Élan School

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Élan School
Elan logo.png
Address
Élan School is located in Maine
Élan School
Élan School
Élan School is located in the United States
Élan School
Élan School
PO Box 578

,
04274

United States
Coordinates44°00′27″N 70°23′10″W / 44.0075°N 70.386°W / 44.0075; -70.386Coordinates: 44°00′27″N 70°23′10″W / 44.0075°N 70.386°W / 44.0075; -70.386
Information
TypePrivate therapeutic boarding school
Opened1970
Closed2011
Grades8–12
Age range13–18+
AffiliationsNATSAP
Website

Élan School was a private, coeducational, controversial residential behavior modification program and therapeutic boarding school (beginning with 8th grade and extending beyond high school completion) in Poland, Androscoggin County, Maine. It was a full member of the National Association of Therapeutic Schools and Programs (NATSAP). The facility was closed down in 2011 due to allegations of abuse which dated back to its opening in 1970.

Élan was located on a 33-acre (13 ha) campus[1] that was formerly a hunting lodge.[2]

The school acquired some notoriety during the 1990s and early 2000s when former classmates of Michael Skakel, who had attended Élan in the 1970s, testified against him in his trial for an unsolved murder that had occurred about two years before he enrolled at Élan.[3] The school was also the subject of persistent allegations of abuse in their behavioral modification program.[4][5]

On March 23, 2011, Élan School announced it would be closing on April 1, 2011.[6]

History[edit]

Élan School was founded in 1970 by psychiatrist Gerald Davidson, investor David Goldberg, and Joseph Ricci, a college drop-out. Ricci headed the school until his death in 2001, when his widow Sharon Terry took over.[7][5] Maine politician Bill Diamond served as its Director of Governmental Relations.[8]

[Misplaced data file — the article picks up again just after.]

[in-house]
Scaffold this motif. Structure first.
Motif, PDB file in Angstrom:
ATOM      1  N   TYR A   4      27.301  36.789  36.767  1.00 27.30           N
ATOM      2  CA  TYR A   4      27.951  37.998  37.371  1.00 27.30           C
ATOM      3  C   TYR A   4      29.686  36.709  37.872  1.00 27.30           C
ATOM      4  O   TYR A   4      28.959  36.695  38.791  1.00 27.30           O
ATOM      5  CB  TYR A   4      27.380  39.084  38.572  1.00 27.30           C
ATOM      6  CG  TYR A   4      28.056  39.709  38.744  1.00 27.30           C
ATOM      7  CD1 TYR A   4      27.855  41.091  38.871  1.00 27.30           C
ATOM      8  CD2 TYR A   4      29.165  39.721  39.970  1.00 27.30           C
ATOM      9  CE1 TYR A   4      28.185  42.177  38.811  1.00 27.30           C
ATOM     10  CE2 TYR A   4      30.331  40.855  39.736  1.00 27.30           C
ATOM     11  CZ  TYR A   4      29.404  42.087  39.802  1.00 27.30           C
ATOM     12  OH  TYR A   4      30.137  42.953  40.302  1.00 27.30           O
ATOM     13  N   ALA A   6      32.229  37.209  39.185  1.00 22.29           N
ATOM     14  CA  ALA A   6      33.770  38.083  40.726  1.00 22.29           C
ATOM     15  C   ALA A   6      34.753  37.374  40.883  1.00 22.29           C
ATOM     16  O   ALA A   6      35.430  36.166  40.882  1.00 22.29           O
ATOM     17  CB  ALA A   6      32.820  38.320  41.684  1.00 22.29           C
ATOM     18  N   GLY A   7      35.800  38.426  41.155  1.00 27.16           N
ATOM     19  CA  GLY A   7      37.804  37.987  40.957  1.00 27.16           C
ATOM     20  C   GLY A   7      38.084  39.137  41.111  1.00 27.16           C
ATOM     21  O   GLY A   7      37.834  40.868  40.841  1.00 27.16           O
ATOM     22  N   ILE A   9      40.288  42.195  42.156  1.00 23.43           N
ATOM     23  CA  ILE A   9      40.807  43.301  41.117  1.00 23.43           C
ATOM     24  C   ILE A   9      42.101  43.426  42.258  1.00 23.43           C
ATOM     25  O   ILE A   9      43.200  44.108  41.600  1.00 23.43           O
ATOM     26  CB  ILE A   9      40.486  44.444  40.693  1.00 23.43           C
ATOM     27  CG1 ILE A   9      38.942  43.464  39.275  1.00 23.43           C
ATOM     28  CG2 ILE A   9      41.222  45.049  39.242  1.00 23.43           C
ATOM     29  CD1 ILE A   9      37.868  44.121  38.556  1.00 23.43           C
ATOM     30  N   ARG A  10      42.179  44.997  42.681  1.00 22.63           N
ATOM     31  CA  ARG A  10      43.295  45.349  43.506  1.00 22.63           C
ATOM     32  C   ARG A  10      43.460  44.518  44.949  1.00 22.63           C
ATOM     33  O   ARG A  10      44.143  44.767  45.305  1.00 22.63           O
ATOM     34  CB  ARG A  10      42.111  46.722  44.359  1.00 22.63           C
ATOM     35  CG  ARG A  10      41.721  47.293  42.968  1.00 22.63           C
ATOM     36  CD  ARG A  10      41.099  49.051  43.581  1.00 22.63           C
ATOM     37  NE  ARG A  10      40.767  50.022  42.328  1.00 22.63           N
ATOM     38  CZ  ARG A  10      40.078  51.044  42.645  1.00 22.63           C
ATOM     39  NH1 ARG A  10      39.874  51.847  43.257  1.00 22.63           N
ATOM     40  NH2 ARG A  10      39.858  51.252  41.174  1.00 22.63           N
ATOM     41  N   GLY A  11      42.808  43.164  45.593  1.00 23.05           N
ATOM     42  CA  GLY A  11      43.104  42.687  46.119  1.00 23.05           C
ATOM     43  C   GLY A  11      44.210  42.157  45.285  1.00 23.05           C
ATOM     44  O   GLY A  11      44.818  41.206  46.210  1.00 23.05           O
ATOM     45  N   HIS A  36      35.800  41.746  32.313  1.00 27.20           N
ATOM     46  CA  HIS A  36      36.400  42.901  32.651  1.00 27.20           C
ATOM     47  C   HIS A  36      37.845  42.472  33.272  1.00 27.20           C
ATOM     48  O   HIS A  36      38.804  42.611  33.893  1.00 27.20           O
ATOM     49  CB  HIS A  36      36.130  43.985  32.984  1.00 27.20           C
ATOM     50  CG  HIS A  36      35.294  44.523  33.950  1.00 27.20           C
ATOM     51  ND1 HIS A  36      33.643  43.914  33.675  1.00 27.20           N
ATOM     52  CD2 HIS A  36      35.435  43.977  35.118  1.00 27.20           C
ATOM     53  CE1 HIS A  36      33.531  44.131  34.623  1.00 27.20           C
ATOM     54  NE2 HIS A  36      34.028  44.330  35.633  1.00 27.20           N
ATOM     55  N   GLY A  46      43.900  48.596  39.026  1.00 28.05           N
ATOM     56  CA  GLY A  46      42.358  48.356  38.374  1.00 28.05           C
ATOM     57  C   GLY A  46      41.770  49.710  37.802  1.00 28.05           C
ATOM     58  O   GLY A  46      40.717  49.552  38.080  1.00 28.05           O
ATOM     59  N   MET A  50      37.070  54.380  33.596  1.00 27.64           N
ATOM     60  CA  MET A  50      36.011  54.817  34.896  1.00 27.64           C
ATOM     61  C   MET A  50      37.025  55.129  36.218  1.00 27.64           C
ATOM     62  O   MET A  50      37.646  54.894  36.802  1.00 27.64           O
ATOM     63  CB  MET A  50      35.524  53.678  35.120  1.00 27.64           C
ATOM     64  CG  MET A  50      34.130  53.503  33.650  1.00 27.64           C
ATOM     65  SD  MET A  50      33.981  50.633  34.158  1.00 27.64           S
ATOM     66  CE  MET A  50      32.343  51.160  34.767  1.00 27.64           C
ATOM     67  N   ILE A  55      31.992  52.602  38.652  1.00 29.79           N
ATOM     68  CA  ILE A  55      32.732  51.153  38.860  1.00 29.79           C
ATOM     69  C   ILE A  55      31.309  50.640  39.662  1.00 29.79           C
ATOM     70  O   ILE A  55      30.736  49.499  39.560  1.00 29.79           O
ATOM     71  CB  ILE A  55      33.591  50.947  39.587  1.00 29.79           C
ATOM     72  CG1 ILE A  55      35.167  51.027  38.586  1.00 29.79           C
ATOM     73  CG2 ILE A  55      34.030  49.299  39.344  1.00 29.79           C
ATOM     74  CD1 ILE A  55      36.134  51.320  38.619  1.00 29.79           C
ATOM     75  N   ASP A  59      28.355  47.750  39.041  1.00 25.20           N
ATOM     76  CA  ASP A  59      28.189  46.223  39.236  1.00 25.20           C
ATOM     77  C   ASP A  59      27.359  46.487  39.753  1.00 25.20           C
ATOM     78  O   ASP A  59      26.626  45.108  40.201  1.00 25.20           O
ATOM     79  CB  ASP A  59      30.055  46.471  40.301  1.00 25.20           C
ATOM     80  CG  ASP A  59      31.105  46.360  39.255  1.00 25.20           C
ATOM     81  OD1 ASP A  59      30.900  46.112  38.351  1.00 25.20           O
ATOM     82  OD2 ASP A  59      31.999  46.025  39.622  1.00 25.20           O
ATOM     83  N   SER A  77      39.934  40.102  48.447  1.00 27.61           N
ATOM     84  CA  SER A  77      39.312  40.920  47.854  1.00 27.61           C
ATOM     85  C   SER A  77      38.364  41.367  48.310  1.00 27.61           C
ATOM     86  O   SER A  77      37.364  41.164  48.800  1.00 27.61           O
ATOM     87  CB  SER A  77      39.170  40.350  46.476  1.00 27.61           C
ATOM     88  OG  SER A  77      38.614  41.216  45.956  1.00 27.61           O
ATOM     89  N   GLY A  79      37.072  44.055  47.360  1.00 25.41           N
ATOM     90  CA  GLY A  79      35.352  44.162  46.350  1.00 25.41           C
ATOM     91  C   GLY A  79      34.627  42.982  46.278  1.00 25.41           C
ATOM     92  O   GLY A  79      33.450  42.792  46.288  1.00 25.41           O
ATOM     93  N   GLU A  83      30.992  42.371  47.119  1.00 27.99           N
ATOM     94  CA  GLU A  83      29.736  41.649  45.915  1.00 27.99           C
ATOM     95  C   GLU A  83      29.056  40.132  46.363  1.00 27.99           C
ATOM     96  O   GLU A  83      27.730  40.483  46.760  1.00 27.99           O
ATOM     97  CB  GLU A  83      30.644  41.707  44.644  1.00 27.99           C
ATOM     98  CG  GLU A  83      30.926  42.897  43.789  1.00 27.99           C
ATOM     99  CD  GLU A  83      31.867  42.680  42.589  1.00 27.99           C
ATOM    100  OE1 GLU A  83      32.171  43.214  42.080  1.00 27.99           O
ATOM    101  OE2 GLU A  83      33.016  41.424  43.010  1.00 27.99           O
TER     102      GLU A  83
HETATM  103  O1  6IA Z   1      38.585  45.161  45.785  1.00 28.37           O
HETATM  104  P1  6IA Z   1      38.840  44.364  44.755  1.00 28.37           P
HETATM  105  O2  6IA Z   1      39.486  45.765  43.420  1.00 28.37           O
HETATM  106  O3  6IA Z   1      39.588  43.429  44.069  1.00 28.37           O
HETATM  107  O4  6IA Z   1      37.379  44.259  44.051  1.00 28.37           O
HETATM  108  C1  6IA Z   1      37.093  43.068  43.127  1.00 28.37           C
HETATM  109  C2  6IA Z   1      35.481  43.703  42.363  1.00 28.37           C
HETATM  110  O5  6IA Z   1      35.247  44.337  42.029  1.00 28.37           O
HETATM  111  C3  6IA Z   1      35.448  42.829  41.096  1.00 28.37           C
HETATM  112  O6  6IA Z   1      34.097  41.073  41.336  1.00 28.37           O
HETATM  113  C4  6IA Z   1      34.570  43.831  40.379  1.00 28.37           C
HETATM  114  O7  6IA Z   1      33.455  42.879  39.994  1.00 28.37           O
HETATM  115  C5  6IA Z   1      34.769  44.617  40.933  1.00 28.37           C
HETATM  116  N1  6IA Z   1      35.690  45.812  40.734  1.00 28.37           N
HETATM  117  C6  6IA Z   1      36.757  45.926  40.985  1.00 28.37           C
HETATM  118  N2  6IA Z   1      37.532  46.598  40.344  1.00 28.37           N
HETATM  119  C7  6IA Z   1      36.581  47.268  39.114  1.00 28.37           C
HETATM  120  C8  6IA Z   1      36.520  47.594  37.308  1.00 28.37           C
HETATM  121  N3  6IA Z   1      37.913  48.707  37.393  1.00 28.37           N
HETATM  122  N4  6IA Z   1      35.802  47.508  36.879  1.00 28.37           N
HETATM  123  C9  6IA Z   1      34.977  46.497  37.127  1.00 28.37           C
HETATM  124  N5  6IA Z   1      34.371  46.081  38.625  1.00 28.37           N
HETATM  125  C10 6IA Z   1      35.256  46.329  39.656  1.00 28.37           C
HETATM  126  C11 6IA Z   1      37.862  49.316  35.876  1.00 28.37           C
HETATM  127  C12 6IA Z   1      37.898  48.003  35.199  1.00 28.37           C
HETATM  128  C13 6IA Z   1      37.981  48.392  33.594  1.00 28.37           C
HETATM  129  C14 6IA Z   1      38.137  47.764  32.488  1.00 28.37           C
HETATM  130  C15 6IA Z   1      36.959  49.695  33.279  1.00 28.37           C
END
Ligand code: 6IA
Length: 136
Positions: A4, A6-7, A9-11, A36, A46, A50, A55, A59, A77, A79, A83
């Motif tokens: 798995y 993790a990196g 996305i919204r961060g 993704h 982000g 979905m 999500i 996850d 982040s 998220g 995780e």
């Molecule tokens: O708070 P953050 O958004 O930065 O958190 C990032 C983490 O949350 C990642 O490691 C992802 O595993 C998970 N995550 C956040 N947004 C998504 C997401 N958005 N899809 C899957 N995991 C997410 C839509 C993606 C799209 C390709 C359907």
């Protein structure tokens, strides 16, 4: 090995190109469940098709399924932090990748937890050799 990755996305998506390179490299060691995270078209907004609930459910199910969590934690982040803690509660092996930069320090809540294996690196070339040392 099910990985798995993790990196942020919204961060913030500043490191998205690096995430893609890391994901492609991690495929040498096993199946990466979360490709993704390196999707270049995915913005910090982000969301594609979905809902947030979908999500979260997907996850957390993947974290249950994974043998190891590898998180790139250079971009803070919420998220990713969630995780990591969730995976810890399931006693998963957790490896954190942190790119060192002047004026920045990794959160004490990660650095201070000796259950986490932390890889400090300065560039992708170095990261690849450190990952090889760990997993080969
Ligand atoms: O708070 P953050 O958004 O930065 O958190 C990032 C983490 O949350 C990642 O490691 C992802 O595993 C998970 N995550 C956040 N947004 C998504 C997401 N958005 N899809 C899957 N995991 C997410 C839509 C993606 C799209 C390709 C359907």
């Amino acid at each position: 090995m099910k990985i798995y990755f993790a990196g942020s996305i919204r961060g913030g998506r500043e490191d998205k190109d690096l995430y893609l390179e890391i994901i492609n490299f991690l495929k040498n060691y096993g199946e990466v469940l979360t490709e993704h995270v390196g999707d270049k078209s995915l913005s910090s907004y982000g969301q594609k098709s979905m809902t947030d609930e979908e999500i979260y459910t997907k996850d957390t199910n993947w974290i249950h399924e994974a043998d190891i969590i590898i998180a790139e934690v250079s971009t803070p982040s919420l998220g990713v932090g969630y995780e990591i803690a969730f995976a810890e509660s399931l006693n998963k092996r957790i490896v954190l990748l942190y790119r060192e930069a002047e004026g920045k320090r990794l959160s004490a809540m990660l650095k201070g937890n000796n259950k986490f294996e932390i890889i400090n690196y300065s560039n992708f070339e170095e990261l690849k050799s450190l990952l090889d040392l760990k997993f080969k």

Program[edit]

The school specialized in treating teenagers with behavioral problems. In the program, 'humiliation' was stated clearly as a therapeutic tool, as is following up on such intervention with encouragement and warm support. Students attended year-round.[9] In 2002, a New Jersey educational consultant who had referred students to Élan for 22 years told the New York Times that he would refer only "the most serious cases" to the school, which he said would "take kids who haven't responded to other programs and who are really out of control."[5]

The school's treatment methods were based on the "TC" or therapeutic community modality popularized in the 1960s at facilities such as Synanon, and later at Daytop Village.[10]

In 2002, a New Jersey educational consultant told the New York Times that the school was "certainly not for the faint-hearted." He said "There's lots of confrontation," but added "and yet there are lots of hugs."[5]